© 2020 Thomas Vot­ing Reports.

Adjacent posts

  • Enjoyed what you just read? Make a donation


    Thank you for read­ing The Cas­ca­dia Advo­cate, the North­west Pro­gres­sive Insti­tute’s jour­nal of world, nation­al, and local pol­i­tics.

    Found­ed in March of 2004, The Cas­ca­dia Advo­cate has been help­ing peo­ple through­out the Pacif­ic North­west and beyond make sense of cur­rent events with rig­or­ous analy­sis and thought-pro­vok­ing com­men­tary for more than fif­teen years. The Cas­ca­dia Advo­cate is fund­ed by read­ers like you and trust­ed spon­sors. We don’t run ads or pub­lish con­tent in exchange for mon­ey.

    Help us keep The Cas­ca­dia Advo­cate edi­to­ri­al­ly inde­pen­dent and freely avail­able to all by becom­ing a mem­ber of the North­west Pro­gres­sive Insti­tute today. Or make a dona­tion to sus­tain our essen­tial research and advo­ca­cy jour­nal­ism.

    Your con­tri­bu­tion will allow us to con­tin­ue bring­ing you fea­tures like Last Week In Con­gress, live cov­er­age of events like Net­roots Nation or the Demo­c­ra­t­ic Nation­al Con­ven­tion, and reviews of books and doc­u­men­tary films.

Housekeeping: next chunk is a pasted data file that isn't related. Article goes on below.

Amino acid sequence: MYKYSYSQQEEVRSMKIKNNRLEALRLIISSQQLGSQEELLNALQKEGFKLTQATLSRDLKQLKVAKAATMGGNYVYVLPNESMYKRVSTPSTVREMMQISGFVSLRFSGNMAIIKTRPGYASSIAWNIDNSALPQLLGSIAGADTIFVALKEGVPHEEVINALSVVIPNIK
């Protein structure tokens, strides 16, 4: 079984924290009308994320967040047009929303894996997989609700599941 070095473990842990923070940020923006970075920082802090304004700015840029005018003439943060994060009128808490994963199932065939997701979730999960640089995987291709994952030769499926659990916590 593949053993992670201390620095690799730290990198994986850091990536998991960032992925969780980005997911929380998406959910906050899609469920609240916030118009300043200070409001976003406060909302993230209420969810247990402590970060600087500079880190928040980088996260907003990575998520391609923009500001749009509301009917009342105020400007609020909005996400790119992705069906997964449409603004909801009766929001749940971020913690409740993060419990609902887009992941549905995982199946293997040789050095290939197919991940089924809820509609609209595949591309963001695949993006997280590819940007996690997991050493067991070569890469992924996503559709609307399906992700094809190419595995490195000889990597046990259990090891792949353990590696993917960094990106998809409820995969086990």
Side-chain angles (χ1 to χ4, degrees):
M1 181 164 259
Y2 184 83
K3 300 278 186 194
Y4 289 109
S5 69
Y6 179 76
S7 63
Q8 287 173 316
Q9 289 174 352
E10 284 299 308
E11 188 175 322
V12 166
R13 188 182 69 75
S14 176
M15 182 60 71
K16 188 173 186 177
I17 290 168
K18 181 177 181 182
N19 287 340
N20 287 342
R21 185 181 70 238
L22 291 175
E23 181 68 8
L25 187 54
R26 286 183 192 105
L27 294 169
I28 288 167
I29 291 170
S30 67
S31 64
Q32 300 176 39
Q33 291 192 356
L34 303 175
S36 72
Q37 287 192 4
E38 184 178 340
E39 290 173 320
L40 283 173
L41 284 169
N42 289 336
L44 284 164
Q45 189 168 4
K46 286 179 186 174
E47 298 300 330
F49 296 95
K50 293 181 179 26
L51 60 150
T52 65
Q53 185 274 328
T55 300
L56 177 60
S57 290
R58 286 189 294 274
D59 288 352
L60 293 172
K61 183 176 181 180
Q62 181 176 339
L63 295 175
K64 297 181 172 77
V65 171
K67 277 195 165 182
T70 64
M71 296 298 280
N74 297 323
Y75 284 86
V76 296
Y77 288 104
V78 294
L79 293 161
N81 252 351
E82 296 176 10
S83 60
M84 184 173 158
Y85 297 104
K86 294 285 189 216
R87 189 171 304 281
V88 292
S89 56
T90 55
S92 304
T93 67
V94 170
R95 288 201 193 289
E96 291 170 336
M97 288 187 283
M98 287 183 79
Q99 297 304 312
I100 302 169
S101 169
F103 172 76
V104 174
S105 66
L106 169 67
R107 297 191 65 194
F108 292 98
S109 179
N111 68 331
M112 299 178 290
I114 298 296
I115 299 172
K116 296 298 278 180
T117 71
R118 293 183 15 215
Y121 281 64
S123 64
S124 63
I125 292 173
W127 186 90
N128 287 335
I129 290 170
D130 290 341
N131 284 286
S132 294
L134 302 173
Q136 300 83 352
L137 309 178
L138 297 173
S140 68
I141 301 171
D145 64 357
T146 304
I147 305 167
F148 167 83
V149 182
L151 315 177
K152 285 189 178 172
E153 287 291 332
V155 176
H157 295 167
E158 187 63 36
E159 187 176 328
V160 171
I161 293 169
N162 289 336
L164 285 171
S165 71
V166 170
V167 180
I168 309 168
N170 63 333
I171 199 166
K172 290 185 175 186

Become an NPI mem­ber Make a one-time dona­tion

Submit a Comment

By submitting a comment, you agree to abide by our Commenting Guidelines. If you submit any links to other websites in your comment or in the Website field, these will be published at our discretion. Please read our statement of Privacy Practices before commenting to understand how we collect and use submissions to the Cascadia Advocate. Your comment must be submitted with a name and email address as noted below. We will not publish or share your email address. *

*
*

You may use these HTML tags and attributes: <a href="" title=""> <abbr title=""> <acronym title=""> <b> <blockquote cite=""> <cite> <code> <del datetime=""> <em> <i> <q cite=""> <s> <strike> <strong>